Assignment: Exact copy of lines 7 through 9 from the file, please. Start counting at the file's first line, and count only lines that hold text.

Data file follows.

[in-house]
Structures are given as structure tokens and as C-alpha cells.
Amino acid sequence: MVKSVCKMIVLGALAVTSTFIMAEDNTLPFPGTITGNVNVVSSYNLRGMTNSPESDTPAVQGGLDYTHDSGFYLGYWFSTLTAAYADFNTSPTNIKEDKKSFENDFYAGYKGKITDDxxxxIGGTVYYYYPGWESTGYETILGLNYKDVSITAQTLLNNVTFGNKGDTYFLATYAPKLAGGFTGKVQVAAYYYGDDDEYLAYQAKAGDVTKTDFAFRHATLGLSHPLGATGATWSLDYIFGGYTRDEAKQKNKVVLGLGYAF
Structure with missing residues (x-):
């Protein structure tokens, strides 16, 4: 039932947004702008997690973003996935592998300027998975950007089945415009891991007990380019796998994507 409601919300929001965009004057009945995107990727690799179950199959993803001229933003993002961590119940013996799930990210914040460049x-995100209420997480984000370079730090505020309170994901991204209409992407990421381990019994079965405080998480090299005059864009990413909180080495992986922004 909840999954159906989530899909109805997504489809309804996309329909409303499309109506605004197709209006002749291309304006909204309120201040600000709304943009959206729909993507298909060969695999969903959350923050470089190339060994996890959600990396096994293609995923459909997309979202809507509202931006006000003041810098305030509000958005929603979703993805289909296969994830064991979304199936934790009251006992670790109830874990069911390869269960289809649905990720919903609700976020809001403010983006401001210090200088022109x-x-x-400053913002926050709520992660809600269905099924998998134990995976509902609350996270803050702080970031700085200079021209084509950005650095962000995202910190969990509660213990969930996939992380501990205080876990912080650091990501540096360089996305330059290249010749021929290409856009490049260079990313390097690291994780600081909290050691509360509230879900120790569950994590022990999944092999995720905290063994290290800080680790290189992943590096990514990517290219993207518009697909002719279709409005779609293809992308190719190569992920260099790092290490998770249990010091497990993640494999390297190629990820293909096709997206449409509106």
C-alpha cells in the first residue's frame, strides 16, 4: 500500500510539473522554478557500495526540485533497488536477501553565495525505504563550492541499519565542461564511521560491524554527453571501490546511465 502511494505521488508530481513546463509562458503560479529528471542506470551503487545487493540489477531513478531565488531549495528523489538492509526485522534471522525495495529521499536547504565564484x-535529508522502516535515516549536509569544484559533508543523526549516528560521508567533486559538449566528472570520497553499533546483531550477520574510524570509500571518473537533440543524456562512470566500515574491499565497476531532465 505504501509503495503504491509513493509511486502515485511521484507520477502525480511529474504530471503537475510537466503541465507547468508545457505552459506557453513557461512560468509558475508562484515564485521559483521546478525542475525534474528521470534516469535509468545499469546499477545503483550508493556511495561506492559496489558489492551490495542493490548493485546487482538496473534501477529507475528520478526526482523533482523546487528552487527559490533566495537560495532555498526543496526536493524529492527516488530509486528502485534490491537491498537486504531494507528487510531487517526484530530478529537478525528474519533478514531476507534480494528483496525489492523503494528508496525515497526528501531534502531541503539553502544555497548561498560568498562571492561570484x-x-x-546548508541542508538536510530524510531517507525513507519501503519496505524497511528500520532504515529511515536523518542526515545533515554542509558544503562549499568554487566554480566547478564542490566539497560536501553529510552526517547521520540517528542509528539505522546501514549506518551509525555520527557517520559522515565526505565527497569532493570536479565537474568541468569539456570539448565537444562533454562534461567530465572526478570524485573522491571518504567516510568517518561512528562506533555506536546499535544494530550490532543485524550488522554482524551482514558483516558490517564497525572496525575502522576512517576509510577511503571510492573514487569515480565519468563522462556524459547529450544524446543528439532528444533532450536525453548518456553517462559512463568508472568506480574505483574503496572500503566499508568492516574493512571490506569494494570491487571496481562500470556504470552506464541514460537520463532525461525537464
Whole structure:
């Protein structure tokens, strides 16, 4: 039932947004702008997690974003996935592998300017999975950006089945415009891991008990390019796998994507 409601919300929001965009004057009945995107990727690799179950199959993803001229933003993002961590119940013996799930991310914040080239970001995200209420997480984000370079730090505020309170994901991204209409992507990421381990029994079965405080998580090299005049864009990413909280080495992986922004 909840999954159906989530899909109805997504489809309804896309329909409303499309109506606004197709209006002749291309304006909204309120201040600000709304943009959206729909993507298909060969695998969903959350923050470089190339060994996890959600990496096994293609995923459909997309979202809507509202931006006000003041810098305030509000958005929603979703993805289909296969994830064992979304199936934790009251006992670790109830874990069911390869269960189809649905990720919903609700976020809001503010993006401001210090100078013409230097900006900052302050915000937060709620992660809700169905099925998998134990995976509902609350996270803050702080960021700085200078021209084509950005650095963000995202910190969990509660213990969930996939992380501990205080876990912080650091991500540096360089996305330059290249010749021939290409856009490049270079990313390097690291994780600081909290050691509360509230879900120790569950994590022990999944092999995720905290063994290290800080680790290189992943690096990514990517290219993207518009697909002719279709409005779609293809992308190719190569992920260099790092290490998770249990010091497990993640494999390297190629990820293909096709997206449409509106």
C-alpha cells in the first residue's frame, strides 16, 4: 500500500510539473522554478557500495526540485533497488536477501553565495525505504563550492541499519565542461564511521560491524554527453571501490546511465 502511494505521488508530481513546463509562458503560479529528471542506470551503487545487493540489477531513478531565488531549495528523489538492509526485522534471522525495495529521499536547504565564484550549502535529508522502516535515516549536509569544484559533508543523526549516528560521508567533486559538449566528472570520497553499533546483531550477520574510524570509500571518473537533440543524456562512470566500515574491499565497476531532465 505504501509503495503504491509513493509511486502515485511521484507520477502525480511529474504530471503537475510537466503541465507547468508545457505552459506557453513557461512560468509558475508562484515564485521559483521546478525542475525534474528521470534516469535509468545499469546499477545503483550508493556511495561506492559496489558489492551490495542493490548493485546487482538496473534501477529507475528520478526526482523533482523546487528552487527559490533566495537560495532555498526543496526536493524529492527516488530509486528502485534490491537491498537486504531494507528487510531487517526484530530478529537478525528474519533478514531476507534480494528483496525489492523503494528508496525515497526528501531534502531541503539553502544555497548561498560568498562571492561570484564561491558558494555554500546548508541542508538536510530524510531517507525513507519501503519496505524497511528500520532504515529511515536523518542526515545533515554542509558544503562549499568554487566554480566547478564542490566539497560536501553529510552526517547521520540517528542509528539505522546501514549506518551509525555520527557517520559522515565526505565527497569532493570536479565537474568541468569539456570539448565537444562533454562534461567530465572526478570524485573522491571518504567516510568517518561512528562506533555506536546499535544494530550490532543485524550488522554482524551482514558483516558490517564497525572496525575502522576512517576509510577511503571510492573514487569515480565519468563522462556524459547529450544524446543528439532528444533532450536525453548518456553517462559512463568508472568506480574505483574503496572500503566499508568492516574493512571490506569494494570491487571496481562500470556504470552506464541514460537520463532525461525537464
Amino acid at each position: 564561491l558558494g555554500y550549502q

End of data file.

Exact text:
Whole structure:
């Protein structure tokens, strides 16, 4: 039932947004702008997690974003996935592998300017999975950006089945415009891991008990390019796998994507 409601919300929001965009004057009945995107990727690799179950199959993803001229933003993002961590119940013996799930991310914040080239970001995200209420997480984000370079730090505020309170994901991204209409992507990421381990029994079965405080998580090299005049864009990413909280080495992986922004 909840999954159906989530899909109805997504489809309804896309329909409303499309109506606004197709209006002749291309304006909204309120201040600000709304943009959206729909993507298909060969695998969903959350923050470089190339060994996890959600990496096994293609995923459909997309979202809507509202931006006000003041810098305030509000958005929603979703993805289909296969994830064992979304199936934790009251006992670790109830874990069911390869269960189809649905990720919903609700976020809001503010993006401001210090100078013409230097900006900052302050915000937060709620992660809700169905099925998998134990995976509902609350996270803050702080960021700085200078021209084509950005650095963000995202910190969990509660213990969930996939992380501990205080876990912080650091991500540096360089996305330059290249010749021939290409856009490049270079990313390097690291994780600081909290050691509360509230879900120790569950994590022990999944092999995720905290063994290290800080680790290189992943690096990514990517290219993207518009697909002719279709409005779609293809992308190719190569992920260099790092290490998770249990010091497990993640494999390297190629990820293909096709997206449409509106």
C-alpha cells in the first residue's frame, strides 16, 4: 500500500510539473522554478557500495526540485533497488536477501553565495525505504563550492541499519565542461564511521560491524554527453571501490546511465 502511494505521488508530481513546463509562458503560479529528471542506470551503487545487493540489477531513478531565488531549495528523489538492509526485522534471522525495495529521499536547504565564484550549502535529508522502516535515516549536509569544484559533508543523526549516528560521508567533486559538449566528472570520497553499533546483531550477520574510524570509500571518473537533440543524456562512470566500515574491499565497476531532465 505504501509503495503504491509513493509511486502515485511521484507520477502525480511529474504530471503537475510537466503541465507547468508545457505552459506557453513557461512560468509558475508562484515564485521559483521546478525542475525534474528521470534516469535509468545499469546499477545503483550508493556511495561506492559496489558489492551490495542493490548493485546487482538496473534501477529507475528520478526526482523533482523546487528552487527559490533566495537560495532555498526543496526536493524529492527516488530509486528502485534490491537491498537486504531494507528487510531487517526484530530478529537478525528474519533478514531476507534480494528483496525489492523503494528508496525515497526528501531534502531541503539553502544555497548561498560568498562571492561570484564561491558558494555554500546548508541542508538536510530524510531517507525513507519501503519496505524497511528500520532504515529511515536523518542526515545533515554542509558544503562549499568554487566554480566547478564542490566539497560536501553529510552526517547521520540517528542509528539505522546501514549506518551509525555520527557517520559522515565526505565527497569532493570536479565537474568541468569539456570539448565537444562533454562534461567530465572526478570524485573522491571518504567516510568517518561512528562506533555506536546499535544494530550490532543485524550488522554482524551482514558483516558490517564497525572496525575502522576512517576509510577511503571510492573514487569515480565519468563522462556524459547529450544524446543528439532528444533532450536525453548518456553517462559512463568508472568506480574505483574503496572500503566499508568492516574493512571490506569494494570491487571496481562500470556504470552506464541514460537520463532525461525537464